Digital signage is highly visible and the face of a business in much the same way as a spokesperson or social media feeds. It makes an attractive target as sports brand Asics found out recently. Promotional screens above their Central Auckland store in New Zealand facing a busy street displayed graphic adult video for hours.
Asics issued an apology, adding that they were working with their software and online security suppliers to ensure that it didn’t happen again.
This is not the only incident where digital signage has been compromised and it can cause a PR disaster for a company. Coverage of the Asic incident ran on news outlets across the world, include Vice, Daily Mail, CNN and more.
Why is it that more people are not asking about what it takes to secure digital signage devices? Even a short amount of unauthorized content can cause a major headache when thousands of people view the screens.
If you don’t want to make the news for a similar incident, you need to ask your provider about security. Controlling access to your system involves various aspects, such as physical access, OS maintenance and application security. All of these are important for a hacker-resistant system.
What are the Threats?
Many people don’t think about security until something bad happens and by then, it is often too late. It is important to think about security from the very start.
Interconnected systems that aren’t locked down are vulnerable. A system used to advertise specials on a screen can be used for a full security breach because systems share network access and data.
Most stories, like the Asic breach, consist of intended programming being replaced with graphic videos or malicious messages. Sophisticated hackers can use digital signage players to do more serious damage to a company. For instance, a casino in North America got hacked when attackers used an internet-connected fish tank as the starting point. It could just as well have been a digital signage player.
Using the word ‘hack’ may be an over-exaggeration when displays can be accessed through public Wi-Fi or Bluetooth. Bluetooth has been used as an attack vector in the past.
As most screens are in public areas, it doesn’t take a sophisticated hacker to change the content on your screens. Someone can walk up, unplug your player and plug in their own. Your first step towards making your system secure is to restrict physical access to network devices.
All public players should be kept out of sight, if possible, and in locked, break-proof enclosures. All screens must be securely attached to walls with attachments that are difficult to remove.
All PC ports and connections must be secured and the BIOS password-protected to prevent boot order from being changed.
Operating System Security
Without physical access to the screen, a hacker has to find a virtual backdoor to get into your system. Ask your digital signage vendor the following questions to find out if its solution offers operating system security.
- Does the operating system receive security updates?
- Are devices receiving updates automatically?
- Are updates cryptographically signed and automatically rejected if the update doesn’t match the cryptographic signature?
- Are the devices locked down? When there are no open network ports, this reduces the attack surface of players as open ports are easy to exploit.
- Are there default credentials on the devices? Vendors may program user accounts to make it easier to troubleshoot, but it also makes it easier for breaches to take place.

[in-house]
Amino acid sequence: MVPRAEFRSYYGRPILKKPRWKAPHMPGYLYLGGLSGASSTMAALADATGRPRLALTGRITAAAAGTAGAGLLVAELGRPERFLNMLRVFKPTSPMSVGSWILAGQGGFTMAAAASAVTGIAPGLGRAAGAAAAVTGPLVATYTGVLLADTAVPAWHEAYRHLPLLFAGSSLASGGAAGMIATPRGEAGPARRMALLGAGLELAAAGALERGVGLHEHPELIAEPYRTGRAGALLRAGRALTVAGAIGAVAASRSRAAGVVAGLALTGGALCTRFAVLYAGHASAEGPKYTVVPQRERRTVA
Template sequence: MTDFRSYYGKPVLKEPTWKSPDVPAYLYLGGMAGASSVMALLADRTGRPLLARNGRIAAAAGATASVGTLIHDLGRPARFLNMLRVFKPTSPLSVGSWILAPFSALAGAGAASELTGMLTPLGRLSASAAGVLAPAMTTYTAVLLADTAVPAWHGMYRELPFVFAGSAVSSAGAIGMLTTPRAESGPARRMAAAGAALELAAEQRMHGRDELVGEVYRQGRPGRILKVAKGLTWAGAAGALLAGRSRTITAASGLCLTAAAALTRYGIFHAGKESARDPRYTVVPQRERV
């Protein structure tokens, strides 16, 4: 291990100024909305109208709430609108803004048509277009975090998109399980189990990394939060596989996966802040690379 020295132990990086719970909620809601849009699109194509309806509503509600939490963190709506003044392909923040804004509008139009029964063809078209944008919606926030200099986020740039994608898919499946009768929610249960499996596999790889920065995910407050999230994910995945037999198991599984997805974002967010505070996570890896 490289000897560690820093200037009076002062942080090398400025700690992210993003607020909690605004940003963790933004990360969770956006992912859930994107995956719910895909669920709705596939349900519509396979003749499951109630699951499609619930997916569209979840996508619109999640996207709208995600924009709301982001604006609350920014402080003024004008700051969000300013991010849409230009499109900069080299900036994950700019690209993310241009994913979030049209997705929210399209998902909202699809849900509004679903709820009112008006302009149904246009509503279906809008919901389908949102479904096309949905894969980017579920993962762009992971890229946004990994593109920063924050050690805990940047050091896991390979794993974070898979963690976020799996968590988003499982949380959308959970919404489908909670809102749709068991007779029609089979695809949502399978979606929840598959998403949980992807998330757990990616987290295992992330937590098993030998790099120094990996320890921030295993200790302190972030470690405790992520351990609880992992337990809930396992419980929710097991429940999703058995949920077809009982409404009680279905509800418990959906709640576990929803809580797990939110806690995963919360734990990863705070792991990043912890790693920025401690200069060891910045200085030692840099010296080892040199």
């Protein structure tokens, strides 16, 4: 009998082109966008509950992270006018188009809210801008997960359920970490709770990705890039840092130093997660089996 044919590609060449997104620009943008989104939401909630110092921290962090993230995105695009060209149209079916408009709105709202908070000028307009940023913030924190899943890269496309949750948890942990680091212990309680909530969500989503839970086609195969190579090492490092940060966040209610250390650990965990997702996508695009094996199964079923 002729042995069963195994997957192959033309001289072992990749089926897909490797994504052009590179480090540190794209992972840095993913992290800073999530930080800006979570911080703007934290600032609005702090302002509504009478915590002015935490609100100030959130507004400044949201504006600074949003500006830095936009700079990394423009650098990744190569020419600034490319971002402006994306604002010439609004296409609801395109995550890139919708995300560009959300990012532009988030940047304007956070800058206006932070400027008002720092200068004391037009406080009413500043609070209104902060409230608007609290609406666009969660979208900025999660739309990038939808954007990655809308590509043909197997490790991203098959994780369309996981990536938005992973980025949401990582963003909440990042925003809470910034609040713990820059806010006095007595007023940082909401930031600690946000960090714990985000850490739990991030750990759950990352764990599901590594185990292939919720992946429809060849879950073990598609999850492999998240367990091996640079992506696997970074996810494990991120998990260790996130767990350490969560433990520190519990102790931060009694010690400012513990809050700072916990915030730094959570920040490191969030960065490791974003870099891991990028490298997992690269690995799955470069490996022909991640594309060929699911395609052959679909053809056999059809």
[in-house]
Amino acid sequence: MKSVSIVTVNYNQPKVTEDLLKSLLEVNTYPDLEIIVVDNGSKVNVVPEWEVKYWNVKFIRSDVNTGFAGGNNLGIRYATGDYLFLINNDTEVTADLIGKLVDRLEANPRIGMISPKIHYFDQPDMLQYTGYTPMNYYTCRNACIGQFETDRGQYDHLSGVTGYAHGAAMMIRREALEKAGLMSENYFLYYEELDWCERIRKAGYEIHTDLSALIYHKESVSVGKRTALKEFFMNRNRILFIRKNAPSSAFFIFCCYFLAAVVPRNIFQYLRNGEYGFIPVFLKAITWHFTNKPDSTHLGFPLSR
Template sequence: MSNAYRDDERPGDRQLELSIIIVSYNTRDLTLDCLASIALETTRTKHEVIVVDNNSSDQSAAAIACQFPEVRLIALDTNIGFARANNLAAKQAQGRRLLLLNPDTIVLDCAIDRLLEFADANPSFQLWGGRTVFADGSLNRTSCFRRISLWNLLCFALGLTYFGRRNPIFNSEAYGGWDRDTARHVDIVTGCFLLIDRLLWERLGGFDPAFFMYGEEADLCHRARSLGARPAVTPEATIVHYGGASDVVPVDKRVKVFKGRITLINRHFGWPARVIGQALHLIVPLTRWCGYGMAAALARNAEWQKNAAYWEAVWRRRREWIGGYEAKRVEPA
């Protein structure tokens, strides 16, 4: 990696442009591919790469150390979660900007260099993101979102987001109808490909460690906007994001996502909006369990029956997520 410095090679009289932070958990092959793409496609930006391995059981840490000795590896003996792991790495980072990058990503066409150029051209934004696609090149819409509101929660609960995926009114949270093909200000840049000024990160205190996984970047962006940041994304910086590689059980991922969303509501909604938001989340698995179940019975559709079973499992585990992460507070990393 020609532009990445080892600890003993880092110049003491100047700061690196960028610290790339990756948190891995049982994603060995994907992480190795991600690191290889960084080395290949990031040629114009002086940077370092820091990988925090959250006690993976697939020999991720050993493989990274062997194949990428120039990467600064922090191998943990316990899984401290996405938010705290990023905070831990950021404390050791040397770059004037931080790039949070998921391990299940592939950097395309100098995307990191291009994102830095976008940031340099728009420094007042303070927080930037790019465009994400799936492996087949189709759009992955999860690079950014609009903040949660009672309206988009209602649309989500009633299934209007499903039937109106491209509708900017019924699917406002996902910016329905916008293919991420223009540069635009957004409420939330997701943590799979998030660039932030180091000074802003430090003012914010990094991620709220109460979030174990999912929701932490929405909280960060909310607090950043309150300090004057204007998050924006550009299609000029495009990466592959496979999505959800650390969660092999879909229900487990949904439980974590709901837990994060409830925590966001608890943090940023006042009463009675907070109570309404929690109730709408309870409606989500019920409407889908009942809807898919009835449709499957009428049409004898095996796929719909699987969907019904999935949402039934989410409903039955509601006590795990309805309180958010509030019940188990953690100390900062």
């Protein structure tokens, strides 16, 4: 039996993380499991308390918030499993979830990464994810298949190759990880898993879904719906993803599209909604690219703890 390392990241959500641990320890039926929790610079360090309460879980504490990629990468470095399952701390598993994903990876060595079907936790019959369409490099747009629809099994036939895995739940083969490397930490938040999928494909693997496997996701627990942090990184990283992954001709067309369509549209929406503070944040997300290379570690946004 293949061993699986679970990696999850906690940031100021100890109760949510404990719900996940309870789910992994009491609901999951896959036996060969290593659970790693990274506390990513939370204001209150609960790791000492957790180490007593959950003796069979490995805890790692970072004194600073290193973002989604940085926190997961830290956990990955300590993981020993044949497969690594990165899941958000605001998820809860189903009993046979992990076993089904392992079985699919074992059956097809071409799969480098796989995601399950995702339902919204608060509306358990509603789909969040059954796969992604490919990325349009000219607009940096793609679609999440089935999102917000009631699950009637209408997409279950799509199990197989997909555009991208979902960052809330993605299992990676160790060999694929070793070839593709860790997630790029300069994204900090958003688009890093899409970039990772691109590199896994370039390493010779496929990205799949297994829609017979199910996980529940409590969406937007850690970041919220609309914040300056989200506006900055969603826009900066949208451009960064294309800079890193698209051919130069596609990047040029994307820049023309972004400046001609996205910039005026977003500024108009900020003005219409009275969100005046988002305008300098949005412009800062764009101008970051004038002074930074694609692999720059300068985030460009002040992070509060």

- Is all communication encrypted? Encrypting all communication between the client and the back-end makes it more challenging for an attacker to hijack the device.
Your digital signage application manages playback and reporting and adds another layer that must be secured. It is easy for hackers to intercept data if it’s not secured. Even if you have restricted access to your digital signage network and taken measures to protect your operating system from attack, your network may still be at risk due to third party applications.
This is why you need to select partners with the highest standards of security. For instance, they should use their own layer of encryption to all data, undergo regular security tests and audits, have SSL certificates and more.
Kuusoft’s NexSigns have all data communications encrypted with a 1024-bit AES algorithm to ensure privacy and communication security. This is an advanced level of encryption, such as that used in banking.
Other Ways to Improve Security
Conduct a security audit and look at processes and protections in place. Make sure that you apply best practices including improving passwords, using layers of user authentication, testing networks for vulnerabilities, etc.
Make sure you patch the devices as soon as vulnerability is announced. Sophisticated hackers will often exploit vulnerabilities and trade their exploits on hacker forums. Running a digital signage player connected to the internet with 4G that hasn’t been patched with the latest security updates puts you at risk.
Consider technology safeguards such as single-purpose appliance-like devices, virtual private networks (VPNs) where communications are encrypted and systems that can detect intrusions. If your digital signage players are isolated on a dedicated network, it means that the rest of your infrastructure isn’t at threat.
A Final Word
Any devices connected over a network are at risk of a breach. It includes a simple digital signage screen that may be telling shoppers what’s on sale. You cannot ignore security until it is too late and some damage occurs.
Security solutions aren’t always simple, and as with anything else, you get what you pay for. But, taking shortcuts can lead to big headaches in the long run. Consider the physical setup of screens and players. Protect your operating system and work with application vendors who take security seriously. These three steps will help you to effectively secure your network.